• Don’t get tricked into buying things you don’t need. Stick to your list. Review your ongoing list before you actually go shopping. Then compare the list of items (including specific brands) on your list to your library of coupons you have compiled and filed away oh so neatly in your folder or notebook. Just because the coupons mentions that you have to buy three of the same products to get .75 off, doesn’t mean it is a good deal. Who really needs three containers of mayonnaise any ways?  Remember the tour of Amanda’s stockpile from TLC’s Extreme Couponing?

 

  • Know the stores’ policy about couponing. Some stores allow manufactures coupons and some don’t. In addition, some stores allow the practice of double couponing and some don’t.

 

  • Read the small print. So this one is self explanatory, yet few people actually take the time to read the tiny print. Think about it for a second, they make it small for a reason. It’s better to know the limitations of the deal before your get to the cash register.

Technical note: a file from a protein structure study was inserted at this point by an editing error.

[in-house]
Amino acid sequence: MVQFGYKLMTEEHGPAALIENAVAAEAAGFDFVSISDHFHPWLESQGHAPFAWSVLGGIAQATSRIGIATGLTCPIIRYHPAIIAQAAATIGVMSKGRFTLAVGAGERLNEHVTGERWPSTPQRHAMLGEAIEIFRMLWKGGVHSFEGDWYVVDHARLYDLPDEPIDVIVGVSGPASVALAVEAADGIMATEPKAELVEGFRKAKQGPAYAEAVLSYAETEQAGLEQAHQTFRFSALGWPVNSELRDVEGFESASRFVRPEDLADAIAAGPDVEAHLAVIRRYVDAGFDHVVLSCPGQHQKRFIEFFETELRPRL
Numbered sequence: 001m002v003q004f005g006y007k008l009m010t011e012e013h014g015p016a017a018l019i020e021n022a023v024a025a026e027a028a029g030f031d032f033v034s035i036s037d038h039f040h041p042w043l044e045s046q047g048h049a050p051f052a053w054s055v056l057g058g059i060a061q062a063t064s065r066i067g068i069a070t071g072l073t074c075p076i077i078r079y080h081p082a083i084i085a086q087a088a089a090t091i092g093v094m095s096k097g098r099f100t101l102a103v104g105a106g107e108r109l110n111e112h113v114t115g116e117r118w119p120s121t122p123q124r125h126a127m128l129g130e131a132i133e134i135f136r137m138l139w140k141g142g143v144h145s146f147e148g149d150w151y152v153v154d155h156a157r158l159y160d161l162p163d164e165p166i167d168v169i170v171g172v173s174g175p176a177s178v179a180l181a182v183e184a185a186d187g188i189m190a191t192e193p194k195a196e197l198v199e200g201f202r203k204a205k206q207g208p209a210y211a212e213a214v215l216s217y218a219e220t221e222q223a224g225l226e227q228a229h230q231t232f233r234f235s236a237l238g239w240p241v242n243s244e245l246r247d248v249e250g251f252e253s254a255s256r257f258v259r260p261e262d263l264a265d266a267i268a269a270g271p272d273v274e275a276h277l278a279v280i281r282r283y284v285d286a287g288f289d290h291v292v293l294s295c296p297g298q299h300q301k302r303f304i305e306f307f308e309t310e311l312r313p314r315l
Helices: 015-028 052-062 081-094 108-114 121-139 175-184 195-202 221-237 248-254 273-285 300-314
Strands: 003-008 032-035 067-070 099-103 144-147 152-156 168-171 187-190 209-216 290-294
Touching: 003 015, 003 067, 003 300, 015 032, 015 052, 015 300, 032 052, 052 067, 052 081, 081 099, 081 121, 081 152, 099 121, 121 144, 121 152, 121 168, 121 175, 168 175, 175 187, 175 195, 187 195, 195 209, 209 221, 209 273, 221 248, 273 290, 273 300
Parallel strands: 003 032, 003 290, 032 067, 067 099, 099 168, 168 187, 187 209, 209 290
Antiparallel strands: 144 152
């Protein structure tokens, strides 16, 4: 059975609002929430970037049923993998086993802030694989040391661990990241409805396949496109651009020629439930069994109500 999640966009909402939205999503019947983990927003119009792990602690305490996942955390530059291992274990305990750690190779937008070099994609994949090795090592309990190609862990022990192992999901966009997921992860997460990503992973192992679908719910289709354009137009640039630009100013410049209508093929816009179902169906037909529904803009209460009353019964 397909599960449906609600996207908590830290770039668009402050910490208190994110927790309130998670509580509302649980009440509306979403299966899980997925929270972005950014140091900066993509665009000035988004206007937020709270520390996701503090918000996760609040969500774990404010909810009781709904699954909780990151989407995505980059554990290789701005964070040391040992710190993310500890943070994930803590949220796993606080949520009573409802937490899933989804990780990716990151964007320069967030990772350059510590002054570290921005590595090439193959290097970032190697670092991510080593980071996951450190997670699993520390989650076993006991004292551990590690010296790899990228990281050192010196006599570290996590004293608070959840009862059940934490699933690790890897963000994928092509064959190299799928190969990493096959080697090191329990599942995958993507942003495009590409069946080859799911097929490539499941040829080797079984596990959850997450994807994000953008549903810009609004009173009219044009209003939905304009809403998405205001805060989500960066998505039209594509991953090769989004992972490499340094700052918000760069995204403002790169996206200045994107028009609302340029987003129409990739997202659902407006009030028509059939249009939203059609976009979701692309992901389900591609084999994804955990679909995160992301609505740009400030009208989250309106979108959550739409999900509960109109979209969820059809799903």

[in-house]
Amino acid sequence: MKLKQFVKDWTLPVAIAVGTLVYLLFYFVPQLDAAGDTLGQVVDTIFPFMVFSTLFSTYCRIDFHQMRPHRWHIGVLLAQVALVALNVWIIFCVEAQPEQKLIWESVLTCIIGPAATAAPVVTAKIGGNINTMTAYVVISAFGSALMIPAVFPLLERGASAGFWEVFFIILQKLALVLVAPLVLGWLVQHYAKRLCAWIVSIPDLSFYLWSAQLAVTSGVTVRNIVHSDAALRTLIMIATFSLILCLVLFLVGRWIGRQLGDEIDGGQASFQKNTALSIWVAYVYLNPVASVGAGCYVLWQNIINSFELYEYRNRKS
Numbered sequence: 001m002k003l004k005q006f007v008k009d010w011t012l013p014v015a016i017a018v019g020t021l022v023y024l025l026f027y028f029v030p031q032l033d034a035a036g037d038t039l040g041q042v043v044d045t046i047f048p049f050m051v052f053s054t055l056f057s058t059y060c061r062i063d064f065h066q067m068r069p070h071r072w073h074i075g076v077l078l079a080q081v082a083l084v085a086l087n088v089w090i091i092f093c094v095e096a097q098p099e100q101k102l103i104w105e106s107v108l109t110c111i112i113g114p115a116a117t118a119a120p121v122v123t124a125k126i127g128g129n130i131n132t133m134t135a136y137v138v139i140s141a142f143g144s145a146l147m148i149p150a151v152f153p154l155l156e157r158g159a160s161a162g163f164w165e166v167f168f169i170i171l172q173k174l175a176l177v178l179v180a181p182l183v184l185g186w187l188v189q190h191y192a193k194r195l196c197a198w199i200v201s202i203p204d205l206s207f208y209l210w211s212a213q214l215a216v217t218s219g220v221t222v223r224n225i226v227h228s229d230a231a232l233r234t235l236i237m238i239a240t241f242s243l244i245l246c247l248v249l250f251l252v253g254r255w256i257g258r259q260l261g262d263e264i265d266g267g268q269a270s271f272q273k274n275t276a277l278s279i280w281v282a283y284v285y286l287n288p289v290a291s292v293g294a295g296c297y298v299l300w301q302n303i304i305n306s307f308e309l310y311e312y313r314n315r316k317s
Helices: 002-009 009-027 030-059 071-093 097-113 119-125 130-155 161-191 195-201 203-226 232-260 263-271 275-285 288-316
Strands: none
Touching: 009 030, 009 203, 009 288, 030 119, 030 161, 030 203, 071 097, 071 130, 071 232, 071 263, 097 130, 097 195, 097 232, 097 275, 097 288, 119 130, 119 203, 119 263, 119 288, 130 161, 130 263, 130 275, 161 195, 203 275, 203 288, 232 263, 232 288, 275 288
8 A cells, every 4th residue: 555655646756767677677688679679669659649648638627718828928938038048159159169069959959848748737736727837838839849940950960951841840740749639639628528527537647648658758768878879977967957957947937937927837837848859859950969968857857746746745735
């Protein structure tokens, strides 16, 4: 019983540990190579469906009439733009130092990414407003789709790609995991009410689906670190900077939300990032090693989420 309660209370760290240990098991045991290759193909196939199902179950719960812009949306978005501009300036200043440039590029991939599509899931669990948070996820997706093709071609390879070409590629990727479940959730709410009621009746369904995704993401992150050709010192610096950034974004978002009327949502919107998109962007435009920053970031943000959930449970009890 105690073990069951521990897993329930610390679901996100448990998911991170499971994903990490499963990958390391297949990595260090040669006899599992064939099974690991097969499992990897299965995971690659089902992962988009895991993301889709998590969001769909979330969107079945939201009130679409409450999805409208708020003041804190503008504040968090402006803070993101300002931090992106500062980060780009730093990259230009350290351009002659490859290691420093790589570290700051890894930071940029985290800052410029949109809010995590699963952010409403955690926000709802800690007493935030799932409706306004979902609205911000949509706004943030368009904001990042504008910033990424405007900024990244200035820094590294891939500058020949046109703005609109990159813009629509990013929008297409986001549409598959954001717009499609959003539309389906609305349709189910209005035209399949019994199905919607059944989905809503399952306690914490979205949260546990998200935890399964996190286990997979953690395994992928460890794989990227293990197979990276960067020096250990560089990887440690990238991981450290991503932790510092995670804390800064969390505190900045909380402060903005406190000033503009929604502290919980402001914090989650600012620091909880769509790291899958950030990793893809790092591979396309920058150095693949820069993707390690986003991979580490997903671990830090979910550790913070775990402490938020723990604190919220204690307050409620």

HOW TO SPEND $16 FOR $75 WORTH OF STUFF AT TARGET

 

CHECK OUT WHAT $20 AND COUPONS WILL GET YOU…YOU WILL NOT BELIEVE IT

 

 

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How to Dispute Errors on Your Credit Report

You are on the road to financial empowerment. You have printed out your spending chart. You have cut back on impulse spending. You know at least 5 ways to improve your credit score. The birds are chirping. The sun is shining and you look like you’re the happy little stranger in the middle of a Brady Bunch episode because your latest financial decisions have been uncharacteristically positive. Then is happens…(insert screeching sounds here)… something pops up on your credit history that is inaccurate. What do you do?

What is on Your Credit Report?